Erigeron, from er, spring, and geron, an old man; suggested by the abundant pappus of some species.

Perennial. Moist banks and grassy fields, borders of woods. Nova Scotia to Ontario and South Dakota, south to Florida and Louisiana. Abundant in northern Ohio. April-June.


Simple, covered with long, silky hairs, about two feet high, producing runners and offshoots from the base.


Basal leaves obovate or spatulate, in a flat tuft about the root, two to three inches long, an inch wide; stem-leaves distant, oblong-lanceolate, partly clasping.


Radiate-composite, an inch to an inch and a half across, borne in a loose cluster at the summit of the flower-stem; ray-florets a circle of about fifty narrow, pale-pinkish rays; disk-florets greenish yellow; scales of involucre very narrow, hairy.

The Daisy Fleabanes are the Aster-like flowers of spring and early summer. The blossoms look so much like Asters that it may be a matter of some little interest why they are not Asters - as a matter of fact the two are blood-brothers - the difference lies not in essentials but in trifles.

In the first place, the Daisy Fleabanes bloom in spring and early summer, not in autumn; Asters are

Common Fleabane.

Common Fleabane.

Erigeron Philadelphicus among the autumn flowers. Then the rays of the Fleabanes are very narrow and very many, so that they form a thick, pinkish or pale-violet fringe around the central yellow disk of the flower-head. There are also some minor differences in the matter of involucre and pappus.

Robin's Plantain is the earliest Fleabane to bloom at the north; it wears a finely cut, pale pinkish-violet fringe around a flat, yellow disk of minute florets. It is a rather sturdy-looking plant with a hairy stem bearing at the summit not many flower-heads and these rather large, with a tuft of obovate root-leaves and usually equipped for the race of life with offsets and runners.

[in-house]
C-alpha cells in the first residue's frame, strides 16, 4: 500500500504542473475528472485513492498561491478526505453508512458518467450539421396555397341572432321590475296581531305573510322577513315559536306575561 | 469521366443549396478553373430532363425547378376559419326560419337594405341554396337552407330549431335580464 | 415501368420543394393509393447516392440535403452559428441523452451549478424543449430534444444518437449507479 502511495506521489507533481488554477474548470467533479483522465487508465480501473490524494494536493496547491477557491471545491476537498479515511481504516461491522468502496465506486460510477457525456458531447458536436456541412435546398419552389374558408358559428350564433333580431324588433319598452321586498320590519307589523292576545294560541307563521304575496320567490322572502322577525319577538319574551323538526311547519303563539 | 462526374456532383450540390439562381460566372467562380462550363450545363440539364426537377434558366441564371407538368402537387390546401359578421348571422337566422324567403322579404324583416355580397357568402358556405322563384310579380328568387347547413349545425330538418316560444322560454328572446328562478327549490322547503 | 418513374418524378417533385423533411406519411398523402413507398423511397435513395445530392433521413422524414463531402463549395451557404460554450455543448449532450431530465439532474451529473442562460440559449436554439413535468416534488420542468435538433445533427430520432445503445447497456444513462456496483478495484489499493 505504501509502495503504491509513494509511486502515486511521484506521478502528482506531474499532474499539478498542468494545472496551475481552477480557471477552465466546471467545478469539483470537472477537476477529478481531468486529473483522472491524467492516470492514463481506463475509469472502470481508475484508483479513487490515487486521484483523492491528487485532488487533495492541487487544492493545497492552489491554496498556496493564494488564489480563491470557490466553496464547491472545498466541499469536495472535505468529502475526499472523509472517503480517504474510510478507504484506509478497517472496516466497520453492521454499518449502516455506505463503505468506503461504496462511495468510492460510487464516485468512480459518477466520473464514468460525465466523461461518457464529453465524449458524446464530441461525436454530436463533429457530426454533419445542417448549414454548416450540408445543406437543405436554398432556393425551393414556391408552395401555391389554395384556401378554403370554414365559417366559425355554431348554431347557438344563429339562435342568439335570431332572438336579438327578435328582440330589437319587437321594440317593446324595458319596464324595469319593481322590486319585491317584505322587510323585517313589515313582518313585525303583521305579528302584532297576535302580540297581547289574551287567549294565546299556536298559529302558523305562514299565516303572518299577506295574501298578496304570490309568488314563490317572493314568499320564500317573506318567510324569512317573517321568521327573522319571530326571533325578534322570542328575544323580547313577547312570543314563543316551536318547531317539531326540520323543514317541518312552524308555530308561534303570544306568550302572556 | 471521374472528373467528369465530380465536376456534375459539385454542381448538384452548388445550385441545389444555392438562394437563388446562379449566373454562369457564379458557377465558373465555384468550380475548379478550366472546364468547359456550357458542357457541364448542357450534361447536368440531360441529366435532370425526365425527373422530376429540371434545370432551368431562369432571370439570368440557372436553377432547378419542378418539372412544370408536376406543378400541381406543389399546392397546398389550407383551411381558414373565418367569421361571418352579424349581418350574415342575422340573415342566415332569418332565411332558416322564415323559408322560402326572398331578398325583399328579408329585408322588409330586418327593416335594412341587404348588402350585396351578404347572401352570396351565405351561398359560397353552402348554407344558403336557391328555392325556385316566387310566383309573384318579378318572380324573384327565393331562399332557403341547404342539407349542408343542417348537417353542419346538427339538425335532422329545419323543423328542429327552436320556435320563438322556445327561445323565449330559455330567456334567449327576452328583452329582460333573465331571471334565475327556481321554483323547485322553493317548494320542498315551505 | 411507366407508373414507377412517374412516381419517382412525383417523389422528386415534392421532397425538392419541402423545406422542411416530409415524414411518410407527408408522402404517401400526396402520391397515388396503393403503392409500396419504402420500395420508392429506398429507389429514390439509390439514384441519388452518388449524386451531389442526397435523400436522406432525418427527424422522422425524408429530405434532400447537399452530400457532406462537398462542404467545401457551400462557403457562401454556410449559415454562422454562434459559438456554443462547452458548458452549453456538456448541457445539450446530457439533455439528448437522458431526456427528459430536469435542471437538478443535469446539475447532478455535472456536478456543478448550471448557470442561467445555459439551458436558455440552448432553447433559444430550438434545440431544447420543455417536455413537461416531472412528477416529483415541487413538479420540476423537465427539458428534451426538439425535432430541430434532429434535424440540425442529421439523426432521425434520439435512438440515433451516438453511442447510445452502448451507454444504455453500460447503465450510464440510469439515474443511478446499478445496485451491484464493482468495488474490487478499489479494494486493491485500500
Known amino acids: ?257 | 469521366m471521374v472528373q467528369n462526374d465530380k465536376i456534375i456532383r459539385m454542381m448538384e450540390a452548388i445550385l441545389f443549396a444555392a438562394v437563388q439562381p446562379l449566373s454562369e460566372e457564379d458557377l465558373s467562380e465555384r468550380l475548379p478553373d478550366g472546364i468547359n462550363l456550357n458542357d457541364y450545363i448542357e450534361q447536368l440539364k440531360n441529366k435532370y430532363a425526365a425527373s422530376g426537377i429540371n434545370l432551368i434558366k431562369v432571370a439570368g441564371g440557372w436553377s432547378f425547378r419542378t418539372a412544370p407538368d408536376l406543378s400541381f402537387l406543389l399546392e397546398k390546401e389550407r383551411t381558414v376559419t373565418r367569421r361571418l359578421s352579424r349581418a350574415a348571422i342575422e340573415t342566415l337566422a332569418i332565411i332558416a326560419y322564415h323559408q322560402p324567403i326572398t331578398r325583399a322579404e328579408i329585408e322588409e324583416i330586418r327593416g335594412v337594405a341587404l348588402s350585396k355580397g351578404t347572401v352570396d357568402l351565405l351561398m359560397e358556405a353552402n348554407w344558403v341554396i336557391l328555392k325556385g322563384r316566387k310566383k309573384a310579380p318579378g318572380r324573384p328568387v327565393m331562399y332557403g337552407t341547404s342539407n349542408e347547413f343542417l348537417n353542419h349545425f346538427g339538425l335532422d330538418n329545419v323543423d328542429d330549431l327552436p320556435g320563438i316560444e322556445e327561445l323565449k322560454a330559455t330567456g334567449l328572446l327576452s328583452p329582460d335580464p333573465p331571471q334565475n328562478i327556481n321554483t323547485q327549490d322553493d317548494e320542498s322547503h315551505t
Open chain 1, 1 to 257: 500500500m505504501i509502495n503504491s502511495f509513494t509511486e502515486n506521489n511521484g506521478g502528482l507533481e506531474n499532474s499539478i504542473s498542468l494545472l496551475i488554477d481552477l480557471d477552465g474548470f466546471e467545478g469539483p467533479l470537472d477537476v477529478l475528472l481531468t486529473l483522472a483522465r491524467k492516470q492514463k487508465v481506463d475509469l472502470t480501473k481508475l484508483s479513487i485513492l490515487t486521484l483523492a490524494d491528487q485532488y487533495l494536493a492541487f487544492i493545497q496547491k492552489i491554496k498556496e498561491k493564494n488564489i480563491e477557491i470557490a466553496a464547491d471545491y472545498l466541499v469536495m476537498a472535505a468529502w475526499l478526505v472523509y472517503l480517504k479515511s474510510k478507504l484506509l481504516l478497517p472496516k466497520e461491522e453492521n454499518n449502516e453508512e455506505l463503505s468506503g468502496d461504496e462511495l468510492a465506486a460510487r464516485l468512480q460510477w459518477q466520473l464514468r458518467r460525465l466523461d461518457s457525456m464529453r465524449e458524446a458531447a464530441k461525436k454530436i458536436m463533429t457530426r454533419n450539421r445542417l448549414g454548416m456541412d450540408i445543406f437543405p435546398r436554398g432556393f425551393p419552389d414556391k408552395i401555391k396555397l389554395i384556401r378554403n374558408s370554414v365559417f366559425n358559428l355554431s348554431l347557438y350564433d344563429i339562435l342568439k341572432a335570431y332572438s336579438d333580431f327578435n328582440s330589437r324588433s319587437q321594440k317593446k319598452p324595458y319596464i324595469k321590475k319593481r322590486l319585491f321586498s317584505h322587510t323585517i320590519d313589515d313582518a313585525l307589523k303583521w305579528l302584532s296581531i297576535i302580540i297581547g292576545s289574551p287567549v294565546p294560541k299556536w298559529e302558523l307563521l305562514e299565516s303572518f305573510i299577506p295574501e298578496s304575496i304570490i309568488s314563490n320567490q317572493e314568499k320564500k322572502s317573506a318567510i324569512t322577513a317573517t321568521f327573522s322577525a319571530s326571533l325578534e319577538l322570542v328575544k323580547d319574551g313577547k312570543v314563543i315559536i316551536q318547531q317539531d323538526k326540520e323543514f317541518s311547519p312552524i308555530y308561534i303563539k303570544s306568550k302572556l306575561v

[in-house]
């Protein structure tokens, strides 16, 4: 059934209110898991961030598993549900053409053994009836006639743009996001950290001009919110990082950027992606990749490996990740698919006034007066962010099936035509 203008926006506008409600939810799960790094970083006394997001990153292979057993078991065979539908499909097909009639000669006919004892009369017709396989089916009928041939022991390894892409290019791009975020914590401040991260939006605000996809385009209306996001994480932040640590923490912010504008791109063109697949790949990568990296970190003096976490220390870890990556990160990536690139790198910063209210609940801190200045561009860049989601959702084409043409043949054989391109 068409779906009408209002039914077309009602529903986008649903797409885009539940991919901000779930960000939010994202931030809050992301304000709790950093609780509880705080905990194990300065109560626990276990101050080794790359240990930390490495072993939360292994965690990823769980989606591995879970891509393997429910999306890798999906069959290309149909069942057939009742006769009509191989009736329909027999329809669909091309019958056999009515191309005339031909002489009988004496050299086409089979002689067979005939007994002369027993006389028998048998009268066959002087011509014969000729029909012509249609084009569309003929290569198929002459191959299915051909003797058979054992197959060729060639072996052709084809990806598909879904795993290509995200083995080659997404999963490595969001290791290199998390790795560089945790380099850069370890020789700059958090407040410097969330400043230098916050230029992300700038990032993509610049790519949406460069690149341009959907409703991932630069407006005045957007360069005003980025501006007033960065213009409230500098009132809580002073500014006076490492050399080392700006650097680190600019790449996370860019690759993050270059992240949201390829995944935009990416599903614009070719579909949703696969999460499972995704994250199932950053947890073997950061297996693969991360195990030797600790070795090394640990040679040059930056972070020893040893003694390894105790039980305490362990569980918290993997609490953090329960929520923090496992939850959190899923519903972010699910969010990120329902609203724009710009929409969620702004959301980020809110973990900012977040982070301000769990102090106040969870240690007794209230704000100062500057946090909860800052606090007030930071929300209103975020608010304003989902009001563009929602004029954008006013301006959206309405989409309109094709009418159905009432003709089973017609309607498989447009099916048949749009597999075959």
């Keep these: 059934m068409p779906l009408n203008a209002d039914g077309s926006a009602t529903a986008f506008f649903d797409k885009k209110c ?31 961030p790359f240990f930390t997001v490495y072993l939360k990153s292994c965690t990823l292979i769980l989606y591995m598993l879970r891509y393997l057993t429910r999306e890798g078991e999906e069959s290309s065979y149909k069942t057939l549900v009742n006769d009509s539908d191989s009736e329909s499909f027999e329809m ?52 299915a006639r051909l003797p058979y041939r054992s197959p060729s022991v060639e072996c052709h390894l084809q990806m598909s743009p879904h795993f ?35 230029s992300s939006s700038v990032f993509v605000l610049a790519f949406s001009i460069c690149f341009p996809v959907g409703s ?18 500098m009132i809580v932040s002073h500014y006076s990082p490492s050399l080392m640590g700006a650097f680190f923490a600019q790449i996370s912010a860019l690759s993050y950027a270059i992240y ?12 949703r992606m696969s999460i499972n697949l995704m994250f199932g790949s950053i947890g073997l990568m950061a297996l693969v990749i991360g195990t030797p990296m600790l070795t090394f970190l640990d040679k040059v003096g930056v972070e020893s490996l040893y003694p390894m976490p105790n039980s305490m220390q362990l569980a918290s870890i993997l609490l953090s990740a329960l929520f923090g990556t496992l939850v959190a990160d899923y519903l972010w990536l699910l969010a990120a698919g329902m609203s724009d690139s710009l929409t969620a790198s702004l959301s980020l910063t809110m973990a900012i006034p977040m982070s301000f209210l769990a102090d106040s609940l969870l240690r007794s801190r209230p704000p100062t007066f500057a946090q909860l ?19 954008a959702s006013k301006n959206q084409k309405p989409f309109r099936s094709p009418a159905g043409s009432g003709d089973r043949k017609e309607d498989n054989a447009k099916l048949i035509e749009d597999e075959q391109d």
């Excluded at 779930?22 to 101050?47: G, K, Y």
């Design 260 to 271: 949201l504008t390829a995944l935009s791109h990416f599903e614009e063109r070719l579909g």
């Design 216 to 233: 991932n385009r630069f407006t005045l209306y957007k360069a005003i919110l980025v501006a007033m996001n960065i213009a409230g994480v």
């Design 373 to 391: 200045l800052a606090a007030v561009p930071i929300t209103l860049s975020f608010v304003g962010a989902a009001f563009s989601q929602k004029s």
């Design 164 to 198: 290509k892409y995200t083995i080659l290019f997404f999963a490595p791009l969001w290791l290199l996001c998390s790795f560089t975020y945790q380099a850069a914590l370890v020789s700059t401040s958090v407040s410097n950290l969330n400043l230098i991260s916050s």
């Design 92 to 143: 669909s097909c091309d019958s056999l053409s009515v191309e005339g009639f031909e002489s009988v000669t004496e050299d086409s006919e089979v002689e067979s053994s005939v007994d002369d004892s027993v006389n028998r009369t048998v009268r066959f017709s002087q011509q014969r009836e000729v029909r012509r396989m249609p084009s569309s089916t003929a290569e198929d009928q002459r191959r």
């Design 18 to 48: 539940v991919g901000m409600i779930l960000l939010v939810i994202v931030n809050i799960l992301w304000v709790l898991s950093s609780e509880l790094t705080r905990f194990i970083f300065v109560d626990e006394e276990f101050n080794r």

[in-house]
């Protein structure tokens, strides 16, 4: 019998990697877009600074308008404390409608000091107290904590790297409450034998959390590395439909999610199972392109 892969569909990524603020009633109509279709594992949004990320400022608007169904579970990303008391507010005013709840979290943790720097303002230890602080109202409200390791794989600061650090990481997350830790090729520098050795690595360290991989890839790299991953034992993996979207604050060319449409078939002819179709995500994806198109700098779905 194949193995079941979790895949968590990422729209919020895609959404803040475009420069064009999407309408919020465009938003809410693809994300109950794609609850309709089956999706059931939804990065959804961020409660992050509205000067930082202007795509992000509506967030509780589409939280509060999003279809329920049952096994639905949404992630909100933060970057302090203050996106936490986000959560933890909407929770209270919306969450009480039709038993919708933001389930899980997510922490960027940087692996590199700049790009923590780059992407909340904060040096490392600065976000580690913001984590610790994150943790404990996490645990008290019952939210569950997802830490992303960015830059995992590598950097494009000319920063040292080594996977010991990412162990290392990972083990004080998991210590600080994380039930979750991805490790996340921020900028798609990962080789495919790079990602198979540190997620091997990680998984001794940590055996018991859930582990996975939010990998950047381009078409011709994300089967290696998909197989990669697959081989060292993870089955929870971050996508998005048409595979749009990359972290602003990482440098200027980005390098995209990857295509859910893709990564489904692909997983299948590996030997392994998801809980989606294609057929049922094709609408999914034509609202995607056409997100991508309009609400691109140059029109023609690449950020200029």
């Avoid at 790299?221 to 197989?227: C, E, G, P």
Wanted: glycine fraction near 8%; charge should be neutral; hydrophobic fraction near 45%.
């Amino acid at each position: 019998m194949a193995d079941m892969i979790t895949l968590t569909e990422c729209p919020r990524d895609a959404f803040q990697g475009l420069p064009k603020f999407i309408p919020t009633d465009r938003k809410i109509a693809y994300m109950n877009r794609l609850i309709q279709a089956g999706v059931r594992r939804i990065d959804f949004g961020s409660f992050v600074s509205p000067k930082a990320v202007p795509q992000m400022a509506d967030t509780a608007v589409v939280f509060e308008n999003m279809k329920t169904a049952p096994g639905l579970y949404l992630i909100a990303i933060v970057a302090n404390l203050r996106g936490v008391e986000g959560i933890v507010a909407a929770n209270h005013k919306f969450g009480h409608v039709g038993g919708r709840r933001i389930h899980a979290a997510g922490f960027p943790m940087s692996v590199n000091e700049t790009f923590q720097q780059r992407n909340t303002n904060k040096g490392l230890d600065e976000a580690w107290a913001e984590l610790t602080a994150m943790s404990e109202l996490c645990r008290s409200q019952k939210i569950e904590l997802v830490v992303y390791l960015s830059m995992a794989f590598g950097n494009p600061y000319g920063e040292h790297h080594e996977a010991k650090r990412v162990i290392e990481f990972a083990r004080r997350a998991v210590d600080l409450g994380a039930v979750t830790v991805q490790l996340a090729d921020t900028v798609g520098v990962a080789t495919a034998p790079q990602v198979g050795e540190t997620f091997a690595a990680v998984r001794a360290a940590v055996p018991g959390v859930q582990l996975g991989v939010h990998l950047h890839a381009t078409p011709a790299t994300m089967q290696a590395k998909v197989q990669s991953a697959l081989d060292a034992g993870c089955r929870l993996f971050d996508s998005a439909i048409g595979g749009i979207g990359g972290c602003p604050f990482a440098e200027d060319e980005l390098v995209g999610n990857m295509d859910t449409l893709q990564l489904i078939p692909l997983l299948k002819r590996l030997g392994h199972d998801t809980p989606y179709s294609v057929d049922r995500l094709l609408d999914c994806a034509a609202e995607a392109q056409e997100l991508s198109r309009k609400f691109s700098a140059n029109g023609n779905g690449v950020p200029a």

Upon its heels in middle May, covering great stretches of fields in northern Ohio with a pinkish, misty cloud, comes Erigeron Philadelphicus, the Common Fleabane, a plant three to four feet high, with oblong leaves, the upper clasping by a heart-shaped base, with margins coarsely dentate; the lower spatulate, toothed, and narrowed into short petioles.

The flowers are pale-rose or flesh-colored heads of very many narrow rays surrounding a flat, yellow disk of innumerable, tubular florets. A little later and lasting longer is Erigeron annnus, the Daisy Fleabane, two to four feet high, which is an annual and found about the edges of cultivated fields and lurking in fence corners.

This has many small flower-heads, the rays either white or slightly tinged with purple. Often Robin's Plantain and Common Fleabane possess the fields together, but the Daisy Fleabane possesses them for a longer time. I am told these plants have some forage value, but, beautiful as they are, the meadows are better off without them.